Today is September 19th and therefore, as everybody on this little green Earth knows, it’s “International Talk Like A Pirate Day” once again.
Since I spent part of last Saturday in Williamstown, MA, lecturing about online German genealogy research and explaining the good, the bad and the ugly of online German-to-English/ English-to-German online machine translators, I thought it would be interesting to see if there were any English-to-Piratish translators out there.
Aaargh and shiver me timbers! The number of translators is (a)vast! See for yourself by Googling “pirate translator.” You’ll be amazed at what you find.
So, one by one, I tried them - many of ‘em - out. (Not all of 'em, mind you; just "many of 'em.")
How did it work, you ask?
Simple and fine. I took the first paragraph of last year’s “Pirate Day” post and plugged it into the translator, taking it for a test drive.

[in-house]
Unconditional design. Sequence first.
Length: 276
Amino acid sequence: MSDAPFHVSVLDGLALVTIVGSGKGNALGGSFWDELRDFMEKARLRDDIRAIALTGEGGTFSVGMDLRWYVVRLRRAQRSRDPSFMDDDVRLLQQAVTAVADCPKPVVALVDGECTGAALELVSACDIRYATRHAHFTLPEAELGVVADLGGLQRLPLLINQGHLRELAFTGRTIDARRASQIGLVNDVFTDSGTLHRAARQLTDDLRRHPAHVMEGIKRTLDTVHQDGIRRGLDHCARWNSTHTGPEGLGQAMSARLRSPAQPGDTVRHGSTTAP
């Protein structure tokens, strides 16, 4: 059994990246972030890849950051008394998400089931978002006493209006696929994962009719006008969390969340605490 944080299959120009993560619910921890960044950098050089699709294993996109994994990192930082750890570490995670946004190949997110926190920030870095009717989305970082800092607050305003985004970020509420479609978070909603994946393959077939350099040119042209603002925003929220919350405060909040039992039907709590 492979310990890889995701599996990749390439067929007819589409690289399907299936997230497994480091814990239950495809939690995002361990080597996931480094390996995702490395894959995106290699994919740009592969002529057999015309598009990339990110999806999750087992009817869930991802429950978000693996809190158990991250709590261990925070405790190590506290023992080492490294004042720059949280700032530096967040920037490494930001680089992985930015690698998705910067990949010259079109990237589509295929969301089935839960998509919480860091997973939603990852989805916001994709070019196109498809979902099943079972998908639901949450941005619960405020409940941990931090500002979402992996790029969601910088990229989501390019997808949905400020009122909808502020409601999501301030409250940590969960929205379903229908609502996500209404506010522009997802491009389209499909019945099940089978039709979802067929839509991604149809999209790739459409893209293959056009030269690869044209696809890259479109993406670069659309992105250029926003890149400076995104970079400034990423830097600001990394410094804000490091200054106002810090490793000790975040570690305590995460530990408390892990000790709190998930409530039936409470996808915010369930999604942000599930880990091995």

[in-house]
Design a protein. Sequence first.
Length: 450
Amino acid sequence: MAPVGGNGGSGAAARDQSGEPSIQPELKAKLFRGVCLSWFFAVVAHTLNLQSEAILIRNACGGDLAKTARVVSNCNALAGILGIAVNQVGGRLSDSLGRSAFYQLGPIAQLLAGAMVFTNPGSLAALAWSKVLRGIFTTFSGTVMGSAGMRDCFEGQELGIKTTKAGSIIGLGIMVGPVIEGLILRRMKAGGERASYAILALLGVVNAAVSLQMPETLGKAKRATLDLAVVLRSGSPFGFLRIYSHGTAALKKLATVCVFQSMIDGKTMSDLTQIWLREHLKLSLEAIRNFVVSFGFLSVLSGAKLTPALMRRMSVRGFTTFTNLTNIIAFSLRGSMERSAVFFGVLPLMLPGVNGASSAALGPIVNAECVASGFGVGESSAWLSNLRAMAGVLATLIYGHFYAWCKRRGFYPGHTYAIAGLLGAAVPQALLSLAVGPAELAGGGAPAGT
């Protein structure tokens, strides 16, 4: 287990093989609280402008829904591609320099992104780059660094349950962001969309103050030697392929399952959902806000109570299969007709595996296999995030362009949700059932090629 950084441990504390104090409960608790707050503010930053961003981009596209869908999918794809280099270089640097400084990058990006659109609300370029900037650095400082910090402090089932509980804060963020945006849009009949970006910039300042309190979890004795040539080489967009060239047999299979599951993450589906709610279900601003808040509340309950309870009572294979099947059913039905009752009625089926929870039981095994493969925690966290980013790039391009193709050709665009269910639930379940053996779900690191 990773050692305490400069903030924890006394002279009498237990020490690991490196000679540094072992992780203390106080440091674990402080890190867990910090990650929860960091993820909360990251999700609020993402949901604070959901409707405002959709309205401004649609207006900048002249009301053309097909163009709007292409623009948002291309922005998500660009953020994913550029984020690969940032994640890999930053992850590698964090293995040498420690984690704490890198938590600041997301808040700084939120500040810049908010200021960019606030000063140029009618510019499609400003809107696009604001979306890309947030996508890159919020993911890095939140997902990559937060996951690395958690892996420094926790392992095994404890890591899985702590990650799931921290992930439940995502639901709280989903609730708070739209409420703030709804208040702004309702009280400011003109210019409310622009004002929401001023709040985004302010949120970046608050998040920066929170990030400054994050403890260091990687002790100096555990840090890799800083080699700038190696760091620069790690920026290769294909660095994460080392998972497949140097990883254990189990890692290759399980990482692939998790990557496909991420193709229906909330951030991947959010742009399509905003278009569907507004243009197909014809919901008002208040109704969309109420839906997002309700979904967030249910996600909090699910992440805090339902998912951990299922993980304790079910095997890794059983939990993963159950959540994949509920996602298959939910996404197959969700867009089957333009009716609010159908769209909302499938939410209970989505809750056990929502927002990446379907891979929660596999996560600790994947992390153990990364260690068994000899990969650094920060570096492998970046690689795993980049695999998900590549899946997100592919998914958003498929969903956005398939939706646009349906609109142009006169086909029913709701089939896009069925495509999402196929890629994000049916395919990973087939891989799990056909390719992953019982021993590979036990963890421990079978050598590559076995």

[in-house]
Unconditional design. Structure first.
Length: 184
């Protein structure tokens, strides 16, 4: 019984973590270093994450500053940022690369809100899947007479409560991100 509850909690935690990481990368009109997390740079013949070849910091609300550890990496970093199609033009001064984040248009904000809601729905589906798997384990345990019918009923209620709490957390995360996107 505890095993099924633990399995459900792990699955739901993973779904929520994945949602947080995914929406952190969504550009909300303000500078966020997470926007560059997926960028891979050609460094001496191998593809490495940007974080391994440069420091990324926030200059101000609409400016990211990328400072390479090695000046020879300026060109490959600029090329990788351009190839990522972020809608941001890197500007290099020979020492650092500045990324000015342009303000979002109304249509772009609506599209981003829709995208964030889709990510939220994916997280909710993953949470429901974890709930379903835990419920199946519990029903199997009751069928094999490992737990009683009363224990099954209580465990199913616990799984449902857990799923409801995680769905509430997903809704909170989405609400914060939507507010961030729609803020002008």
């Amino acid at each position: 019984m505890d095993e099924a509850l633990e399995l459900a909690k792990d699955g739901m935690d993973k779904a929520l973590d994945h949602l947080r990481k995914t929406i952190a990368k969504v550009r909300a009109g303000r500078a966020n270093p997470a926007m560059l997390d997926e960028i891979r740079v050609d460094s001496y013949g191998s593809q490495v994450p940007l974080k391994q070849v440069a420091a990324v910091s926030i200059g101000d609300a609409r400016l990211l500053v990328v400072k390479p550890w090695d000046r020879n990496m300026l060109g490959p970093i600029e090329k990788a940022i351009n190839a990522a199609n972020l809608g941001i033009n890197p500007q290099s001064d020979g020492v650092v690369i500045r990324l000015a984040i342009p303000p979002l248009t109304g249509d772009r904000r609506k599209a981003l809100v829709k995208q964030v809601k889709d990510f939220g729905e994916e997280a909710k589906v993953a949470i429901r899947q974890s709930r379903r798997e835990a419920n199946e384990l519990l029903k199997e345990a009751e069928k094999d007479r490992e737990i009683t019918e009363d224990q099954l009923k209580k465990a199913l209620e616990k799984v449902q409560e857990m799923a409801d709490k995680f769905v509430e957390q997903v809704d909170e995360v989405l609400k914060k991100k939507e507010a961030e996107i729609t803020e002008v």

The results were “interesting.” I decided that I was kinda partial to the one available at http://translate-pirate.com. It was, well, a bit more colourful than many of the others, and, by the way, it will also translate websites.
Of course, your mileage may vary, so test-drive several of the ones you find.
Here’s what I fed to the above-mentioned translate-pirate.com translator:
Thus, it seems like an appropriate occasion to recount the story of Granddaughter and Grandson’s 5th great-grandfather and his encounter with guys who talked liked pirates all the time – because they were. The kind of “piratish” they spoke was a dialect of Chinese, as spoken on the islands in the China Sea that the Portuguese called the Ladrones. Here’s the story:
And here’s the translation result (without any corrective editing by me) that popped out:
Thus, "Parrot Strangling Slops Barrel!" it seems like an appropriate occasion t' recount th' story o' Granddaughter an' Grandson’s 5th great-grandfather an' his encounter wi' guys who talked liked pirates all th' time – cause they were. Th' "Up The Jolly Roger With Ye!" blunderbustingly kind o' “piratish” they spoke be a dialect o' Chinese, as spoken on th' islands in th' China Sea that th' Portuguese called th' Ladrones. Here’s "Batten Down The Hatches!" th' story:
Now, if you want to read more of the true story of Cape Cod China trader William Sturgis and his adventures with real pirates off the coast of China in 1809, here’s the link to last year’s story: